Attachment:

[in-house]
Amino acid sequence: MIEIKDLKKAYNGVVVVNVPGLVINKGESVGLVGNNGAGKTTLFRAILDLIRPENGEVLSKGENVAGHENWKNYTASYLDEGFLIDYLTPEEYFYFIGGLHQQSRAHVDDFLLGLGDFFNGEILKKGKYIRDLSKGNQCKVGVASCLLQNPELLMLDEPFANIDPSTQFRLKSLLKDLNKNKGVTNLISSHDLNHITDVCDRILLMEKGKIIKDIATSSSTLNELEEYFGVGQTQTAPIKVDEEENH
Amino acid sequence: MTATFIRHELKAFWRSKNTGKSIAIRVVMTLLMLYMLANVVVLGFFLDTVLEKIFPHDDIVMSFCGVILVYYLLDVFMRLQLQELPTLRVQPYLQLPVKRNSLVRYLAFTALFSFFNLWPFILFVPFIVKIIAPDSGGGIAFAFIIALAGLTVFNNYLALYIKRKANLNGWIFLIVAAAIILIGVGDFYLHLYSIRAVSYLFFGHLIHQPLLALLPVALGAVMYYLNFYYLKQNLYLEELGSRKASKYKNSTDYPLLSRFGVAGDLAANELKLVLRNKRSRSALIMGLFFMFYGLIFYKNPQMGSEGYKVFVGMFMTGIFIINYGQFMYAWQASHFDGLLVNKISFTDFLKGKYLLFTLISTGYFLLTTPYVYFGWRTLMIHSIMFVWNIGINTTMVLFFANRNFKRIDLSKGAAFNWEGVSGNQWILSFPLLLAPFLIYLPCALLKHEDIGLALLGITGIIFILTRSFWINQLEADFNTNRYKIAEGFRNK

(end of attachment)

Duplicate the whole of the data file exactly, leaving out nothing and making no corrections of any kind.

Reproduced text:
[in-house]
Amino acid sequence: MIEIKDLKKAYNGVVVVNVPGLVINKGESVGLVGNNGAGKTTLFRAILDLIRPENGEVLSKGENVAGHENWKNYTASYLDEGFLIDYLTPEEYFYFIGGLHQQSRAHVDDFLLGLGDFFNGEILKKGKYIRDLSKGNQCKVGVASCLLQNPELLMLDEPFANIDPSTQFRLKSLLKDLNKNKGVTNLISSHDLNHITDVCDRILLMEKGKIIKDIATSSSTLNELEEYFGVGQTQTAPIKVDEEENH
Amino acid sequence: MTATFIRHELKAFWRSKNTGKSIAIRVVMTLLMLYMLANVVVLGFFLDTVLEKIFPHDDIVMSFCGVILVYYLLDVFMRLQLQELPTLRVQPYLQLPVKRNSLVRYLAFTALFSFFNLWPFILFVPFIVKIIAPDSGGGIAFAFIIALAGLTVFNNYLALYIKRKANLNGWIFLIVAAAIILIGVGDFYLHLYSIRAVSYLFFGHLIHQPLLALLPVALGAVMYYLNFYYLKQNLYLEELGSRKASKYKNSTDYPLLSRFGVAGDLAANELKLVLRNKRSRSALIMGLFFMFYGLIFYKNPQMGSEGYKVFVGMFMTGIFIINYGQFMYAWQASHFDGLLVNKISFTDFLKGKYLLFTLISTGYFLLTTPYVYFGWRTLMIHSIMFVWNIGINTTMVLFFANRNFKRIDLSKGAAFNWEGVSGNQWILSFPLLLAPFLIYLPCALLKHEDIGLALLGITGIIFILTRSFWINQLEADFNTNRYKIAEGFRNK